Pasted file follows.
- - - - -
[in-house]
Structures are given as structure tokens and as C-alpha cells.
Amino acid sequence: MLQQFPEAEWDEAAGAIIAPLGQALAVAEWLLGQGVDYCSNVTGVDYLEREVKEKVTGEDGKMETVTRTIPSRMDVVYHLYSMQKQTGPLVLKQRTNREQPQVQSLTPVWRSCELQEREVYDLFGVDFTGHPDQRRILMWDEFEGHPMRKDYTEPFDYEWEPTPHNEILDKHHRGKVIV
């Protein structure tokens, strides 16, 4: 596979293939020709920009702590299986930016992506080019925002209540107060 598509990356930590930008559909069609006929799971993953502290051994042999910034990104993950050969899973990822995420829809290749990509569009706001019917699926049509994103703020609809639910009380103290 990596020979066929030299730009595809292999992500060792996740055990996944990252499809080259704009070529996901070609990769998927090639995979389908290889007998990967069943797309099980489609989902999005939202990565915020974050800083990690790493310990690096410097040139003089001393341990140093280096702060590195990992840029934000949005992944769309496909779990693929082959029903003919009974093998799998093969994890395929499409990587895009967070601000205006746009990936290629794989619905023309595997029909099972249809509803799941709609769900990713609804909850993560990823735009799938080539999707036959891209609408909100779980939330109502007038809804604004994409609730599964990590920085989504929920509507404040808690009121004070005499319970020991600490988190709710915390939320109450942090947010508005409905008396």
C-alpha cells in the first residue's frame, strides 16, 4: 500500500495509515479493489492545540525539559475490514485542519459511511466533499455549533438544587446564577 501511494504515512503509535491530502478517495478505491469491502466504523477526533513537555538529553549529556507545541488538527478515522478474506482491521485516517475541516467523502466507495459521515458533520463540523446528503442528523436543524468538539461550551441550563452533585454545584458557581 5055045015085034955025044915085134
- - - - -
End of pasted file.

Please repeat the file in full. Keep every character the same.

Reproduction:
[in-house]
Structures are given as structure tokens and as C-alpha cells.
Amino acid sequence: MLQQFPEAEWDEAAGAIIAPLGQALAVAEWLLGQGVDYCSNVTGVDYLEREVKEKVTGEDGKMETVTRTIPSRMDVVYHLYSMQKQTGPLVLKQRTNREQPQVQSLTPVWRSCELQEREVYDLFGVDFTGHPDQRRILMWDEFEGHPMRKDYTEPFDYEWEPTPHNEILDKHHRGKVIV
């Protein structure tokens, strides 16, 4: 596979293939020709920009702590299986930016992506080019925002209540107060 598509990356930590930008559909069609006929799971993953502290051994042999910034990104993950050969899973990822995420829809290749990509569009706001019917699926049509994103703020609809639910009380103290 990596020979066929030299730009595809292999992500060792996740055990996944990252499809080259704009070529996901070609990769998927090639995979389908290889007998990967069943797309099980489609989902999005939202990565915020974050800083990690790493310990690096410097040139003089001393341990140093280096702060590195990992840029934000949005992944769309496909779990693929082959029903003919009974093998799998093969994890395929499409990587895009967070601000205006746009990936290629794989619905023309595997029909099972249809509803799941709609769900990713609804909850993560990823735009799938080539999707036959891209609408909100779980939330109502007038809804604004994409609730599964990590920085989504929920509507404040808690009121004070005499319970020991600490988190709710915390939320109450942090947010508005409905008396």
C-alpha cells in the first residue's frame, strides 16, 4: 500500500495509515479493489492545540525539559475490514485542519459511511466533499455549533438544587446564577 501511494504515512503509535491530502478517495478505491469491502466504523477526533513537555538529553549529556507545541488538527478515522478474506482491521485516517475541516467523502466507495459521515458533520463540523446528503442528523436543524468538539461550551441550563452533585454545584458557581 5055045015085034955025044915085134